Tuesday, March 15, 2016

Joseph Lisowski writes



Pages flip back,
turned by a wet wind--
We're in a courtyard now
decorated with snow,
which she scoops
and pats into a ball.
I witness dreams
that dance from her breath
that break the frost.
Cold tickles her nose.
So many snowflakes
gently sailing down.
White petals surround
her delightful shrieks.


Rage rises from a place
where apples crack
scattering leaf and branch alike.
And the tree splits
under one mighty whack.

My wife's keening from a far room
becomes one breathless wail.
She is calling
and I must go.
I find her slumped on the couch,
arms flung wide,
her left leg bleeding.
A parody of crucifixion.

I take her in my arms.
Her wailing does not stop.
I know I am here
to guard the boundaries.

She rises, as if on stilts,
and stabs her way into the kitchen.
I sit, alert to her every sound.

When she returns
her silence is heavy breath.
I feel the demons slowly leave,
but know that I am not a perfect sentry,
that the most insidious still remain.


I pray before sleep,
then awaken hours
before dawn. Absence
fills the room.
My fingers tick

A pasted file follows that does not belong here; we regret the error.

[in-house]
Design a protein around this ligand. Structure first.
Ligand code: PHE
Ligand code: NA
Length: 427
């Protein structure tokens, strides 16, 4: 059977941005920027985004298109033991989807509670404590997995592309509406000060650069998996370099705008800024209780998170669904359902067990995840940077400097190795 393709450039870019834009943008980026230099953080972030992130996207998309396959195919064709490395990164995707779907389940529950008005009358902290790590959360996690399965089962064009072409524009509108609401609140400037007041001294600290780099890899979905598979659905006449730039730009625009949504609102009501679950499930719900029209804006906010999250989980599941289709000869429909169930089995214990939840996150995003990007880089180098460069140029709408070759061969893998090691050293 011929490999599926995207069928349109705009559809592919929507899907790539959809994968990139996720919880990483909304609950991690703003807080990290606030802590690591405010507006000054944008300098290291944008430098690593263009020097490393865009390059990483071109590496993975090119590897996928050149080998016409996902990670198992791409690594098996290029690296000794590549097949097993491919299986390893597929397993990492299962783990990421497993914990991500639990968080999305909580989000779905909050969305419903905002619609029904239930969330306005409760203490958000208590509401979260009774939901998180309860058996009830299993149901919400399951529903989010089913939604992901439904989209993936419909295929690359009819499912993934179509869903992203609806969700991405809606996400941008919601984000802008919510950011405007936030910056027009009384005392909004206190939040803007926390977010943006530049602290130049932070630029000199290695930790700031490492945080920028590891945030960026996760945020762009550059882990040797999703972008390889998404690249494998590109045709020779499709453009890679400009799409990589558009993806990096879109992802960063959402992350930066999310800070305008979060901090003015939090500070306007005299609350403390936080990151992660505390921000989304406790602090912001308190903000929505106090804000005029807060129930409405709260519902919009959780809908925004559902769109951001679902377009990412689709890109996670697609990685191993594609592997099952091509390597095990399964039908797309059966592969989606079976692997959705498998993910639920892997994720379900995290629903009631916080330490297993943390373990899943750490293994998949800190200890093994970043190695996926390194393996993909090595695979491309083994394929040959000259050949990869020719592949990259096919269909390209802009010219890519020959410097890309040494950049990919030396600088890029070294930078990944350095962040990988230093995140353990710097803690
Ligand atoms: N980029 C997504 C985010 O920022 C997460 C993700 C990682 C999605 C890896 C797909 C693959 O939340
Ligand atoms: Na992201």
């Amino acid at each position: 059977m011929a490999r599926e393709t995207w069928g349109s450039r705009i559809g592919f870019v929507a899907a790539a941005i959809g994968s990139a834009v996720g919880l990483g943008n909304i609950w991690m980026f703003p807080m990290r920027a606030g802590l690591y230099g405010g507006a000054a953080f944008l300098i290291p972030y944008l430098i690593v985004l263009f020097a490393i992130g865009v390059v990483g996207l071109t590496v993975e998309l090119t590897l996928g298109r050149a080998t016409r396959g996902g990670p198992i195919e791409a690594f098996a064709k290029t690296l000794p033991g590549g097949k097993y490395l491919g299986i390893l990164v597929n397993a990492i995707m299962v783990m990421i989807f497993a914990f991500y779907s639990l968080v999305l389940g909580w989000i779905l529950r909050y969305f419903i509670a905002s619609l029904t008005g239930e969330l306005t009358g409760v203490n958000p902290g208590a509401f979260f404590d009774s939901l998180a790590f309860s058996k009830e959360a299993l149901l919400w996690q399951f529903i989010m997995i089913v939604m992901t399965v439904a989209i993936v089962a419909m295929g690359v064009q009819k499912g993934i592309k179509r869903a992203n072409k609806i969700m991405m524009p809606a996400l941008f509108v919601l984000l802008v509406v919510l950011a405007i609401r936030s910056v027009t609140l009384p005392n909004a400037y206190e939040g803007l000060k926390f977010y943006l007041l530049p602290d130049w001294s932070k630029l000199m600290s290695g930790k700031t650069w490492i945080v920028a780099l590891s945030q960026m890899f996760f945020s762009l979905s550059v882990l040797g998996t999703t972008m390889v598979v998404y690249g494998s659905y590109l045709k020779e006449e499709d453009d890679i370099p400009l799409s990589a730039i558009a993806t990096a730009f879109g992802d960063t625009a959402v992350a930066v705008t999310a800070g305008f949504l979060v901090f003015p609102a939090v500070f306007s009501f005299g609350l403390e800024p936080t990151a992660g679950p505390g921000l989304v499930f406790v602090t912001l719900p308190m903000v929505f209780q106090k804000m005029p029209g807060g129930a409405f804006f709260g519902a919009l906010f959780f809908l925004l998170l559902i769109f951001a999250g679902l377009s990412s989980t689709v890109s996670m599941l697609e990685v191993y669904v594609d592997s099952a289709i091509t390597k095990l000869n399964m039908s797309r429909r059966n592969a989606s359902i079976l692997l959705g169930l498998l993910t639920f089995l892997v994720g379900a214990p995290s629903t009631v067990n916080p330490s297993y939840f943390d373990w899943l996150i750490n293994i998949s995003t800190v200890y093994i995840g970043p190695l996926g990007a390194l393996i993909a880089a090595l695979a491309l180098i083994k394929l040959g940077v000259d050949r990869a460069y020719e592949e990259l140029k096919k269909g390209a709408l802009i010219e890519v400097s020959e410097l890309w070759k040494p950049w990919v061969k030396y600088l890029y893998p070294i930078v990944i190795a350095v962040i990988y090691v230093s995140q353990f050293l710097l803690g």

numbed solace.
One bead, then another.
"Hail Mary . . . " "Hail Mary . . ."
"Our Father . . . ."  I am
a father of a child
whose warmth I can no longer feel.

"Our Father . . . ," I repeat,
hoping for sleep,
hoping for anything
but this,
this one irrevocable


Clouds cover all the sun's faults:
heat that levels layers of thought,
skin that reddens, blisters, then cracks,
tongues that become delirious,
eyes that lose sight.

Clouds, dark, heavy with rain,
bring hope of cooling, cleansing.
The touch of people who know God
is like that.  Their arms are shelter
like cedars of Lebanon, their tears
the waters of Shiloh.

Death opens grief to emptiness,
a nakedness the hot light of day
beats raw.


Healing is a long, lingering kiss
that lifts you from flesh.
In that instant, all is full.
A heartbeat is enough,
entire without hint of lapse.

But God's kiss is never
held long enough.
You inevitably take a breath.
And hope becomes a beggar
who wears your discarded clothes.


Suddenly I know.
My daughter is alive
in the light of God's love.
I turn to her, she is bouncing
on the couch where she always sat.

Her energy is golden.
I turn to her
like a leaf or flower
to the sun.  I cannot resist.
I blush at her beauty.
And suddenly, she's gone.


My wife, lithe as a bride, prances
into my afternoon bringing streams of light.
I open the door and let it all in.
She is airy, lovely, full beyond frailty.
Her only daughter is dead,
and after months of keening
her face is young and hope grows.

If only for a moment.

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